If you’ve been manually testing your websites for any amount of time, you are already familiar with many of manual testing’s drawbacks. Even for small sites, it is time-consuming, the process is prone to errors, and it’s nearly impossible to cover every scenario. On top of this, it is extremely repetitive. There is an inverse relationship between the degree of tedium and quality in a manual test. Humans are just not very good at paying attention to boring details. There’s a strong tendency for those writing boring tests to lean towards the “test and done” mentality, meaning they don’t revisit the test after writing it. This can increase the likelihood of missing unexpected problems.

Manual processes also prohibit the effectiveness of doing regression testing. Add that to the fact that without a massive team of testers, all doing the same thing at the same time from multiple locations, load testing is impossible.

Transitioning to automated testing reduces QA time, speeds up product delivery and drastically increases test coverage. The advantages carry beyond the process itself: the more bugs you catch in pre-production, the less maintenance time is needed later down the road. Plus, if you spend less time writing repetitive tests, you’re freed up to do less boring, more value-adding work.

But the question remains: how do you make the transition?

Identify obstacles to automation

There are several factors that can get in the way of migrating from manual to automated testing. Let’s address these:

  • Lack of expertise – Many testing frameworks, particularly some of the most powerful ones, are complex. Simply installing and setting up tests requires a set of programming skills.
  • Time Consuming – Automated testing can be very time-consuming to implement, and the cost/benefit may not be immediately justified, especially for smaller sites with limited users.
  • Processes – Procedures have typically grown up around the manual testing process. Any changes to testing procedures will typically require changing workflow structures throughout a development environment. As a result, processes within a DevOps workflow also need to be integrated into the automated testing procedures.
  • Tools – The right testing tools can be hard to find. They range from simple record-and-playback tools, which have minimal functionality but are easier to use, to full-fledged frameworks, which are powerful but have steep learning curves.

Map out a plan - what will be automated?

The first thing you should do before migrating is to create a foundation for what testing will be automated. Typically, you will first be working with a hybrid system – some aspects of the testing process will be automated, while others will remain manual.

Explore testing frameworks and tools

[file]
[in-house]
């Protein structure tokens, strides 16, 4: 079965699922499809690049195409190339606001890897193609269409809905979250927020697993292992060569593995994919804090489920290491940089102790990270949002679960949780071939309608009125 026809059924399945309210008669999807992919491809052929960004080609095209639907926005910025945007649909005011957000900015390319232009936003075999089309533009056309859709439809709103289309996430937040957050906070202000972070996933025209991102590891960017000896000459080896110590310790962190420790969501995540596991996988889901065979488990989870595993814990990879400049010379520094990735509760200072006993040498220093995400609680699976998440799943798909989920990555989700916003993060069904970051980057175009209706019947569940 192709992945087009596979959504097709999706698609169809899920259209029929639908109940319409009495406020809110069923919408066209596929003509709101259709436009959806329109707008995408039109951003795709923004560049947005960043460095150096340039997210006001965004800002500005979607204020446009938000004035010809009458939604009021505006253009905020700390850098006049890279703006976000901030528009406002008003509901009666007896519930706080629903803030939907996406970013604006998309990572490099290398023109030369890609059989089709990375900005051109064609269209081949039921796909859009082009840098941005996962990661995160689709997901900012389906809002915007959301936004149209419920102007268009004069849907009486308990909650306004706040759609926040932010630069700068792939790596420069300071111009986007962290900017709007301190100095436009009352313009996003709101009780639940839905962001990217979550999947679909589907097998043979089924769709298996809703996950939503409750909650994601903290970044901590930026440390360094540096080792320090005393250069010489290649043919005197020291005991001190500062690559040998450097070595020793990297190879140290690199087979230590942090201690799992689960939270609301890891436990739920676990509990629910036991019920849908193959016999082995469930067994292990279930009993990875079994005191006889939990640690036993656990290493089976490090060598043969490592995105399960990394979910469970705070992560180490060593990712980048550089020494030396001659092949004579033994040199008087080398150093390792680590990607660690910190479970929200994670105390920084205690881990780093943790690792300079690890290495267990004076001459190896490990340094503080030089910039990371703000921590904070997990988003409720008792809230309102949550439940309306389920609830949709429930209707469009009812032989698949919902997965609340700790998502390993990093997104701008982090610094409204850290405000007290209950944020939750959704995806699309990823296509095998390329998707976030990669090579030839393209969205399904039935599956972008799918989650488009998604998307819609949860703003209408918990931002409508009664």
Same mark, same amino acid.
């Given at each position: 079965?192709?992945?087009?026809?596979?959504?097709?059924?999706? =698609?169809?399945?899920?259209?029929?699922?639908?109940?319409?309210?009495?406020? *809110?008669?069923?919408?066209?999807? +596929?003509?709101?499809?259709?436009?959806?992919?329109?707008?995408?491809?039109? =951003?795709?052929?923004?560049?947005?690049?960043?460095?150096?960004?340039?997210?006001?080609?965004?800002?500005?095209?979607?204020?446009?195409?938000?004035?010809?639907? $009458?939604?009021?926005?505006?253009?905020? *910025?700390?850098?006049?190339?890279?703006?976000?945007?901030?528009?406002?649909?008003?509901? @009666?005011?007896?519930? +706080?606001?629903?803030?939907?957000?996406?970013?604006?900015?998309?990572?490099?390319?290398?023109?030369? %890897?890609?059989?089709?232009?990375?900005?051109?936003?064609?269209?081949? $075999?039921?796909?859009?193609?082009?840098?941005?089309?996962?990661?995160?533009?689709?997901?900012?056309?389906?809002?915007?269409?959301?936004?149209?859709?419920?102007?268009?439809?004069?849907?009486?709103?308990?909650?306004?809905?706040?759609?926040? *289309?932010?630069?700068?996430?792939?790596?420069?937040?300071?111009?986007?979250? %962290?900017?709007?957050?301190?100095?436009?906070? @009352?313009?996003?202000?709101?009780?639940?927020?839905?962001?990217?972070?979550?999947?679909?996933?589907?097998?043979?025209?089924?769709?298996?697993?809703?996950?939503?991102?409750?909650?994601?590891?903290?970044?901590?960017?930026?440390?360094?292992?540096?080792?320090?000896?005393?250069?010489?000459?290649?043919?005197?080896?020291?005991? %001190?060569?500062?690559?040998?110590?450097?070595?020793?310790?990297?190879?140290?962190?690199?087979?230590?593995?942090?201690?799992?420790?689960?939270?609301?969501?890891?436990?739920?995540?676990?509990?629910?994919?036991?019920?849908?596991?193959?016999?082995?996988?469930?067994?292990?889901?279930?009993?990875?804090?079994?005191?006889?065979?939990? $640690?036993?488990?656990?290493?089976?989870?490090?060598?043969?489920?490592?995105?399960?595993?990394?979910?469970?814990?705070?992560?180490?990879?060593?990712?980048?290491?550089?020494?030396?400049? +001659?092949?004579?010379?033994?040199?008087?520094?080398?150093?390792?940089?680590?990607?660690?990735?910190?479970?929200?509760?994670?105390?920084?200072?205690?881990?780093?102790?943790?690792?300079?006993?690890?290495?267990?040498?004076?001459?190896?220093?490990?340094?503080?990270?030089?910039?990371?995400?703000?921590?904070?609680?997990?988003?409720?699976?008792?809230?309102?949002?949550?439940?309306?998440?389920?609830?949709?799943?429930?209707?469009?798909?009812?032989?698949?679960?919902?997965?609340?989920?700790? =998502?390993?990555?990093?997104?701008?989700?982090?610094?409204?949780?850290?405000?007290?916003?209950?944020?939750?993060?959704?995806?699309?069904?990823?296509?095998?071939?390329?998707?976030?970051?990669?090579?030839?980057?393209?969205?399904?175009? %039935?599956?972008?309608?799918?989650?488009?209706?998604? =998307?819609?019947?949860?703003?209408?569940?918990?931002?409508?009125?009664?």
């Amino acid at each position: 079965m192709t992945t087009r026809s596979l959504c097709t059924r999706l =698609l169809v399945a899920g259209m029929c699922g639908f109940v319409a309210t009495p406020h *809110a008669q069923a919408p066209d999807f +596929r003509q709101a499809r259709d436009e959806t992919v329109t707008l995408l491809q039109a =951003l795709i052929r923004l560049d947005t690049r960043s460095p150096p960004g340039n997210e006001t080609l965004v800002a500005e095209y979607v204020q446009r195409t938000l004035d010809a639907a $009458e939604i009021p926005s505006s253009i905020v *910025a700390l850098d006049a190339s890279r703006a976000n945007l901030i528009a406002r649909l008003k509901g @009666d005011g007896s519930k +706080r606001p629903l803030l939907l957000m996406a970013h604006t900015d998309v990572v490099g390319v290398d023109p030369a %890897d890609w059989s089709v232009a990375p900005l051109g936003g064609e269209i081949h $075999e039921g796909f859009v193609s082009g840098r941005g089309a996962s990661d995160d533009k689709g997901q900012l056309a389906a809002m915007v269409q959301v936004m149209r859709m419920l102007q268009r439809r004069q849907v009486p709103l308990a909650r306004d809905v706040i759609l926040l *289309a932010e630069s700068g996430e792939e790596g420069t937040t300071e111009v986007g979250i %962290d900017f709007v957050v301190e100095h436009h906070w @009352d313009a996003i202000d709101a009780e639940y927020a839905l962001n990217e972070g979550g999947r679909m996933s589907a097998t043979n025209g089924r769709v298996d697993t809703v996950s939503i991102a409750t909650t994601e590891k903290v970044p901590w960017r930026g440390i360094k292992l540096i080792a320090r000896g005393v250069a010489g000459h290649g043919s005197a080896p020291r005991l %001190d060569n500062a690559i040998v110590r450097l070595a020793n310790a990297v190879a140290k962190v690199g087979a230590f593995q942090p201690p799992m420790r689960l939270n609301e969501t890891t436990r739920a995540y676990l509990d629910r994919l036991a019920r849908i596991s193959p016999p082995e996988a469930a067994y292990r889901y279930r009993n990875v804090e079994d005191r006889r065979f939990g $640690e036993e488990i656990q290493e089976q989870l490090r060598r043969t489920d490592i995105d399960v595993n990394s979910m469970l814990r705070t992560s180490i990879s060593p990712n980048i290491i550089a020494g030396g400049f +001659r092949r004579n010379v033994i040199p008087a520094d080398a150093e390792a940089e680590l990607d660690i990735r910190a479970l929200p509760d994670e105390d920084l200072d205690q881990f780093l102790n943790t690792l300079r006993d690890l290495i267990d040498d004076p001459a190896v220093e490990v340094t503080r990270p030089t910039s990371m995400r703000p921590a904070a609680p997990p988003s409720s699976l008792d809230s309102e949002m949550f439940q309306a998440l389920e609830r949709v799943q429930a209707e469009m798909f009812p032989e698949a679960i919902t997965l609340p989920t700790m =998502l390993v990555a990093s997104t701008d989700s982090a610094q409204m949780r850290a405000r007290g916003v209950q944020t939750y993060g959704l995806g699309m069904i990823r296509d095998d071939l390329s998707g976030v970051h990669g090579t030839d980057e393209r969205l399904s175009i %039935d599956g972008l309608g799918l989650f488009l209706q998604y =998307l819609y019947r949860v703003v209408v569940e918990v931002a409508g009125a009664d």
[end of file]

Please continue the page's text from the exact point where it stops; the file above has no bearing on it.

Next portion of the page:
Spend some time evaluating different options, and identify which ones will work best by considering factors mentioned above in the obstacles. Does your team have the skills needed to handle a full framework? Can you get by with a few libraries? Does your team want to invest in an automated testing tool? With a good automated testing setup, it should be possible for your team to expand their existing methods onto a larger scale, where changes can still be tweaked.

Compare each of these setups against your infrastructure, and consult with all shareholders (testers, designers, developers, operations, etc) before making a choice.

Start simple

The first stage will involve doing what you’ve always done – mapping out your procedures for manual testing.   

Run through your tests and identify steps which are repetitive. Create small scripts that encode these. As you migrate from a manual to automated testing process, you will be creating a script identifying your pre-existing procedures.   

Slowly add complexity

It’s important to remember that the more complex a site is, the more scenarios need to be tested. Identify each aspect of an application that should be tested. Identify which items should be tested more than once. Assume that something will go wrong with each one of them. Analyze which steps need to be made if a user gets an error. Take your simple tests and include them in scripts which can be reused for regression testing purposes.    


When everything is working smoothly for individual tests, slowly implement automation throughout your entire DevOps process. Testing any stage where problems can be caught (e.g. within a build) is a great place to improve the entire process.

Manual testing will never completely go away

It’s important to remember, especially when developing automated tests, that at some level, manual processes have to remain. These areas include:

  • Exploratory testing
  • Prototyping
  • Usability and UX testing

Remember to put faith in your users when it comes to testing whether a site will be effective. Manual testing allows you to identify usability issues and very specific bugs that can only be surfaced by the erratic nature of human behavior.

There are other places where and reasons why automation does not always make sense. Most manual testing doesn’t require any specialized skills, and it’s actually usually best if non-experts do the initial testing. The unpredictability of human behavior is incredibly valuable for finding bugs.

Remember, when migrating to automated testing, walk before running. Run before biking. Bike before hopping on a motorcycle. And don’t forget to use existing roads. But most importantly, remember that mabl’s here to help you on your team’s path to time-saving, powerful test automation.